I hope nobody in the family still owns any of those homes because if the IRS reads this forum they may come knocking. In the future don't post anything like you did about someone in the family never working but owning 3 homes and buying new cars.
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BeauNarro
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« Reply #10 on: March 05, 2006, 10:43:35 PM »

He never paid taxes. Talk about living precariously!
He only dealt with fellow Lithuanian businesses(banks, car dealers, etc.)from his old neighborhood around Union Street where they all knew and dealt with each other. To this day I don't know how he avoided the IRS. I don't know how he bought cars and homes without a job referance, but he did. God Bless Him.
He was known as Lucky Tom at all the thoroughbred tracks. He was a fantastic artist too. He used to draw on the table cloths in the old Gold Cup room at Hawthorne(before it burned down), and people would fight over it when he went home..LOL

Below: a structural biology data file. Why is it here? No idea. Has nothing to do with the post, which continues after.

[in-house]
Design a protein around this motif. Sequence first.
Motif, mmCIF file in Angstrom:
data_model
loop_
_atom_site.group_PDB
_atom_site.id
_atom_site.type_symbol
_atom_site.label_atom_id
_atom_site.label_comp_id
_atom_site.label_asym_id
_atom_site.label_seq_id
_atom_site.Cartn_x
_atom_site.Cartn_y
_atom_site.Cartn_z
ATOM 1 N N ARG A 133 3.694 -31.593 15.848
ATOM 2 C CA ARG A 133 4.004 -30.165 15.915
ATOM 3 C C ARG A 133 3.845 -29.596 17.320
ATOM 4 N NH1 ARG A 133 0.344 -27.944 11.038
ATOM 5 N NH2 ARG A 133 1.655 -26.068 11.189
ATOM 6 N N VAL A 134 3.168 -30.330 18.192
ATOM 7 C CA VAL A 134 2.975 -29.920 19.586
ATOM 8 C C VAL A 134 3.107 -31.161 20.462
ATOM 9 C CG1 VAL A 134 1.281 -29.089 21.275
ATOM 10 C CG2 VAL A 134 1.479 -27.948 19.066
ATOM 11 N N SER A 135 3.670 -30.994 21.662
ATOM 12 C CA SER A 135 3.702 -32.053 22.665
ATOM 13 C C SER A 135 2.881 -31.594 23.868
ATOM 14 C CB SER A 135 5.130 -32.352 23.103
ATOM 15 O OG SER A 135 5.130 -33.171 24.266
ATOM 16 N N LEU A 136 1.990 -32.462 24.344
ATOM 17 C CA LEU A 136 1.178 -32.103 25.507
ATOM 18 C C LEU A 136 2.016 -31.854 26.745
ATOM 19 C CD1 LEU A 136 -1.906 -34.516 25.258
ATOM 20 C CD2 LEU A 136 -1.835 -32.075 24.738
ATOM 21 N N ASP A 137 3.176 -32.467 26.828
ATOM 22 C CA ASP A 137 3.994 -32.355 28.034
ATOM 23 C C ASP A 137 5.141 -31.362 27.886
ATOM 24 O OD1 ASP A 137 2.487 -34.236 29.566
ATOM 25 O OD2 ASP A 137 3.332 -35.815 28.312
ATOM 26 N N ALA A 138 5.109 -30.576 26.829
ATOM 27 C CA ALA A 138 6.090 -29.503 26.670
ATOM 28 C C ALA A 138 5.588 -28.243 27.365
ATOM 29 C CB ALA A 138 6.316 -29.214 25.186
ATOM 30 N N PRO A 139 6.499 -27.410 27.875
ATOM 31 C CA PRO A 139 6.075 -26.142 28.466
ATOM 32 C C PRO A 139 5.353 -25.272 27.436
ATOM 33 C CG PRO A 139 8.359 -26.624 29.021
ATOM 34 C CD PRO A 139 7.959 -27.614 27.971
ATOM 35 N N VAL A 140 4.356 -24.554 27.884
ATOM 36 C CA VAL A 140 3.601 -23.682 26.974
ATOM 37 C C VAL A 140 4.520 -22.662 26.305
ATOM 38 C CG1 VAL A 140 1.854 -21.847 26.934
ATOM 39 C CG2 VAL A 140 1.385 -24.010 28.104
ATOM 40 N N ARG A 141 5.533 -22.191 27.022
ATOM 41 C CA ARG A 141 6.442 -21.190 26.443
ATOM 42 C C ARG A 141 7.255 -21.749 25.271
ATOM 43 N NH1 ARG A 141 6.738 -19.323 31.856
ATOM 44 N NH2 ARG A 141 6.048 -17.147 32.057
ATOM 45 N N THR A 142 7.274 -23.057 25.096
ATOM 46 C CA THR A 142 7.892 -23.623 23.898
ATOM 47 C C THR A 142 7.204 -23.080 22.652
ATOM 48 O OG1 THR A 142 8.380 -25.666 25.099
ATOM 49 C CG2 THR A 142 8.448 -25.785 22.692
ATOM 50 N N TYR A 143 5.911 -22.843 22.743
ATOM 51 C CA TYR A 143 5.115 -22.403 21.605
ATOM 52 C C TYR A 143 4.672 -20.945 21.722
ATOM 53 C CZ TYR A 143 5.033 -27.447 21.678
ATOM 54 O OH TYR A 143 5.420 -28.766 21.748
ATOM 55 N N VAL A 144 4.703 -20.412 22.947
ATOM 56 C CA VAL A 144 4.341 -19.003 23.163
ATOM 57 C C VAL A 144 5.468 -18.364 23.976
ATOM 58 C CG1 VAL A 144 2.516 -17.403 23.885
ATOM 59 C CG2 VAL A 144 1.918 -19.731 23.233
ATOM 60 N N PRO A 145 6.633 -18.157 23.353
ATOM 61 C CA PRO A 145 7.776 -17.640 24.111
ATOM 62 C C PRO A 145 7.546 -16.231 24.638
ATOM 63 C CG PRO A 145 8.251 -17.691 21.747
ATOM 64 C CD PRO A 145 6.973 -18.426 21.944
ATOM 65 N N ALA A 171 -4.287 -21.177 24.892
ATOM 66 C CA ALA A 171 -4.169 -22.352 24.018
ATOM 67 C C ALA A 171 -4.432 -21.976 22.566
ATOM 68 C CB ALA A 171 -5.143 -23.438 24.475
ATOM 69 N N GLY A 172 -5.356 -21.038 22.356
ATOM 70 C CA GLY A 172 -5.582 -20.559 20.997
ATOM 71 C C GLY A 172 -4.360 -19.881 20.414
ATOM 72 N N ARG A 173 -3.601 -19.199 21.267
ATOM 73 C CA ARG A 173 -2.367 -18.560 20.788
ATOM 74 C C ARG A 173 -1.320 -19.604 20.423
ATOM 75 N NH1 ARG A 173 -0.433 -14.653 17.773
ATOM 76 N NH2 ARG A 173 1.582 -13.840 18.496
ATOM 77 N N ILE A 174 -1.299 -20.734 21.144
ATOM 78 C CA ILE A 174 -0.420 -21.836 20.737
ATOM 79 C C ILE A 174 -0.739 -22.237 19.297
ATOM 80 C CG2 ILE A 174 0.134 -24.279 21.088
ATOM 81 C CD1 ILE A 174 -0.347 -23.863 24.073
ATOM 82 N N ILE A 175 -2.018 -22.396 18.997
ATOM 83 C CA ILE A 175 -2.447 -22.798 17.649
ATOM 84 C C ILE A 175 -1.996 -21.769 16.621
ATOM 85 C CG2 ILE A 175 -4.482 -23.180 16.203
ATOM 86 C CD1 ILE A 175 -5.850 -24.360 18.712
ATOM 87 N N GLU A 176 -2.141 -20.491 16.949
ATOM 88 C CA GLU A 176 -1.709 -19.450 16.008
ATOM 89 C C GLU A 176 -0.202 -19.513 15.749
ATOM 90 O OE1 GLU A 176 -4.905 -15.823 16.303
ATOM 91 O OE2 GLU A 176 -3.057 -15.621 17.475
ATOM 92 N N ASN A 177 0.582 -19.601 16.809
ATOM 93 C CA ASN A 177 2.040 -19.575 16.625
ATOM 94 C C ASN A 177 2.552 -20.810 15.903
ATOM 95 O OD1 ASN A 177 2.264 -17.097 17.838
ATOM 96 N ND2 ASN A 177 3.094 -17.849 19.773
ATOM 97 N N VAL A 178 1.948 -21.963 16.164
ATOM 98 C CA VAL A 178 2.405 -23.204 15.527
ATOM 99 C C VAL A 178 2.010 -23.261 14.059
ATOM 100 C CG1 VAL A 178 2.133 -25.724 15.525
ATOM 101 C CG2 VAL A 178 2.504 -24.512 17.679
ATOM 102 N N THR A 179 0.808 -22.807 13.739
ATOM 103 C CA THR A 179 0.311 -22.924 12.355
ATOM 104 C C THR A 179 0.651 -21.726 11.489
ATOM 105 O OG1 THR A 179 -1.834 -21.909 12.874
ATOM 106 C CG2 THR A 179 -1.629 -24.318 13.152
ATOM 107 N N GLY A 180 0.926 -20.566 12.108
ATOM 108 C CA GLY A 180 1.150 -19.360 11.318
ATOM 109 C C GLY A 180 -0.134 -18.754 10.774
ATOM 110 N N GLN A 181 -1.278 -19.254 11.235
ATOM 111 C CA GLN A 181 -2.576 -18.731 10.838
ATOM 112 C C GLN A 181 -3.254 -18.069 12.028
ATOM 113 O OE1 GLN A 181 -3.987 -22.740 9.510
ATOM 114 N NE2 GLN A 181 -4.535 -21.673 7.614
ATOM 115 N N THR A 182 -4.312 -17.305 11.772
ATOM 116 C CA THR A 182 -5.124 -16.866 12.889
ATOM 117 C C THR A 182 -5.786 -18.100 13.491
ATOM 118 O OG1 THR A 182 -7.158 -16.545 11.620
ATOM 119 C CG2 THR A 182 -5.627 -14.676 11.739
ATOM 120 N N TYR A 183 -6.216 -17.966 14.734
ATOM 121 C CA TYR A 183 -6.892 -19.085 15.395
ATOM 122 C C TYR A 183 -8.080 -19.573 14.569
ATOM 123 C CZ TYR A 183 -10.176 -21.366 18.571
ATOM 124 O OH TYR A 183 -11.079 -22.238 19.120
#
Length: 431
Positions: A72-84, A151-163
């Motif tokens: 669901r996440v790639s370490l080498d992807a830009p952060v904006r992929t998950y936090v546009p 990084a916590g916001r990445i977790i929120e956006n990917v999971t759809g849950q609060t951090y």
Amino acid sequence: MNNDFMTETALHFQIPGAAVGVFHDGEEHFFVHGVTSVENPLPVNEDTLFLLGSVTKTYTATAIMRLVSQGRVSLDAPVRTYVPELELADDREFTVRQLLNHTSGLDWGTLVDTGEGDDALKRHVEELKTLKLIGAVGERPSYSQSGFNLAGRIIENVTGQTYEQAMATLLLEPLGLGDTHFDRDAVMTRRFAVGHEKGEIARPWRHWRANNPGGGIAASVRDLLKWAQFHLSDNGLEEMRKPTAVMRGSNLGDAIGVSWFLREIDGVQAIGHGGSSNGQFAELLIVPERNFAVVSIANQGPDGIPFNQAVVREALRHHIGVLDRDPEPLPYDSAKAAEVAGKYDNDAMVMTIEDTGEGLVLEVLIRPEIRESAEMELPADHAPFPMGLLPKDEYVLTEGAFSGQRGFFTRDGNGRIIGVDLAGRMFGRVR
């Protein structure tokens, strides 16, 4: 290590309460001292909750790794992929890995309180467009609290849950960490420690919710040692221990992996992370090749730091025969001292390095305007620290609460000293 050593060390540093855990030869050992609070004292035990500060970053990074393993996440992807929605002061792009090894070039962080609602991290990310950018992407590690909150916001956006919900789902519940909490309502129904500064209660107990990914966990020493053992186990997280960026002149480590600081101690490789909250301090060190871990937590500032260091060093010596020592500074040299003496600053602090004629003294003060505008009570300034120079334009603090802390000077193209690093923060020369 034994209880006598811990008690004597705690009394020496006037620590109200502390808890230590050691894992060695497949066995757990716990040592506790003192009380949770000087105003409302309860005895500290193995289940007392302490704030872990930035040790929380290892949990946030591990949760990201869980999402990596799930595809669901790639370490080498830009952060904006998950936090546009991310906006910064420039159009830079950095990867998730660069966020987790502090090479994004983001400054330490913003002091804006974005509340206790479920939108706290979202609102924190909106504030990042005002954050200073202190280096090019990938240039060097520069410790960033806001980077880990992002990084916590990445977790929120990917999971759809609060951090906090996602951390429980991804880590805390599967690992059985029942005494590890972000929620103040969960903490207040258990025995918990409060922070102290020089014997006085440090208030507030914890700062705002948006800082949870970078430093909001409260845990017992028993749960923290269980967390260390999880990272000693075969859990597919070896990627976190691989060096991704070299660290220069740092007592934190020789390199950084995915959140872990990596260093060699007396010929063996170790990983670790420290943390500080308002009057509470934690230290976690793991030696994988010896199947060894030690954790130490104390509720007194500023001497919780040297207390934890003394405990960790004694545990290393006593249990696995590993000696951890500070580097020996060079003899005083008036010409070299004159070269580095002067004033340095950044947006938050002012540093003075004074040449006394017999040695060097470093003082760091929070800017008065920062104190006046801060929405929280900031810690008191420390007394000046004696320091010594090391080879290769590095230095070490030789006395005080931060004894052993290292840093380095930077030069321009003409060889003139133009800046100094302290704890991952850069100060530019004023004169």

No..I read your next post. They are all passed away now.
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Dan Nance
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« Reply #11 on: March 05, 2006, 10:50:05 PM »

no way he can win betting that way

I think you're right. I was always told nobody wins betting horses in the longrun.
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David
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« Reply #12 on: March 05, 2006, 10:55:32 PM »